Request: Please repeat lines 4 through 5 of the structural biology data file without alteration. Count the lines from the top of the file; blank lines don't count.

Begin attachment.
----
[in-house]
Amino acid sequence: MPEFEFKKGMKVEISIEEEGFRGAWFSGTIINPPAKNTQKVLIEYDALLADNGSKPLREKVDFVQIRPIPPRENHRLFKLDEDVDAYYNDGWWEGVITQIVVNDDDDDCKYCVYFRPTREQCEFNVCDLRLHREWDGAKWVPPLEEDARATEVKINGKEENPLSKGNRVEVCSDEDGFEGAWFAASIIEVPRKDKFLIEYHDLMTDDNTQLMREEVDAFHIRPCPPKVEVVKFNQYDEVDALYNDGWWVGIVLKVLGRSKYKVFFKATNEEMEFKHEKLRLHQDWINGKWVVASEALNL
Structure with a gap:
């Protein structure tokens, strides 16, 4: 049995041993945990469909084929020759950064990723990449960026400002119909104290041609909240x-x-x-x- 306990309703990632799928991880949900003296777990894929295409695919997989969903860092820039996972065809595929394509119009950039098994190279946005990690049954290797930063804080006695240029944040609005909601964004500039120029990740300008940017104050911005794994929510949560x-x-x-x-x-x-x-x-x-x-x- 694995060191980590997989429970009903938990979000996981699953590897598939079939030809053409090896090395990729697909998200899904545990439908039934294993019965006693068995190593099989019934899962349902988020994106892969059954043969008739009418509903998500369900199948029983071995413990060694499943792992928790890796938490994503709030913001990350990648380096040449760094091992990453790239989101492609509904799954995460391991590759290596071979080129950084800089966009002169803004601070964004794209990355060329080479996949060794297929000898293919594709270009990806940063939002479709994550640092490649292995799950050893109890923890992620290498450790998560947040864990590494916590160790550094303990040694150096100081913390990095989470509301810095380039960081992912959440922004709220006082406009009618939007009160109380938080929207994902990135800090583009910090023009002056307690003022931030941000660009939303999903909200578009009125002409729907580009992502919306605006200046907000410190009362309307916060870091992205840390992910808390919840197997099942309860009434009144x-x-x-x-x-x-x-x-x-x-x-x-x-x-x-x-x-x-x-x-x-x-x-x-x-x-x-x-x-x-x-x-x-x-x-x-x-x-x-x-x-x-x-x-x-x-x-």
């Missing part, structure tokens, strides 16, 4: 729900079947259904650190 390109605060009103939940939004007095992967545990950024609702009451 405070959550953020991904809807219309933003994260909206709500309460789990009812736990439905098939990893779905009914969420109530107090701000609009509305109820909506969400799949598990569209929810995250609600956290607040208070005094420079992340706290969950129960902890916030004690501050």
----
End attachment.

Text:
């Protein structure tokens, strides 16, 4: 049995041993945990469909084929020759950064990723990449960026400002119909104290041609909240x-x-x-x- 306990309703990632799928991880949900003296777990894929295409695919997989969903860092820039996972065809595929394509119009950039098994190279946005990690049954290797930063804080006695240029944040609005909601964004500039120029990740300008940017104050911005794994929510949560x-x-x-x-x-x-x-x-x-x-x- 694995060191980590997989429970009903938990979000996981699953590897598939079939030809053409090896090395990729697909998200899904545990439908039934294993019965006693068995190593099989019934899962349902988020994106892969059954043969008739009418509903998500369900199948029983071995413990060694499943792992928790890796938490994503709030913001990350990648380096040449760094091992990453790239989101492609509904799954995460391991590759290596071979080129950084800089966009002169803004601070964004794209990355060329080479996949060794297929000898293919594709270009990806940063939002479709994550640092490649292995799950050893109890923890992620290498450790998560947040864990590494916590160790550094303990040694150096100081913390990095989470509301810095380039960081992912959440922004709220006082406009009618939007009160109380938080929207994902990135800090583009910090023009002056307690003022931030941000660009939303999903909200578009009125002409729907580009992502919306605006200046907000410190009362309307916060870091992205840390992910808390919840197997099942309860009434009144x-x-x-x-x-x-x-x-x-x-x-x-x-x-x-x-x-x-x-x-x-x-x-x-x-x-x-x-x-x-x-x-x-x-x-x-x-x-x-x-x-x-x-x-x-x-x-």
């Missing part, structure tokens, strides 16, 4: 729900079947259904650190 390109605060009103939940939004007095992967545990950024609702009451 405070959550953020991904809807219309933003994260909206709500309460789990009812736990439905098939990893779905009914969420109530107090701000609009509305109820909506969400799949598990569209929810995250609600956290607040208070005094420079992340706290969950129960902890916030004690501050």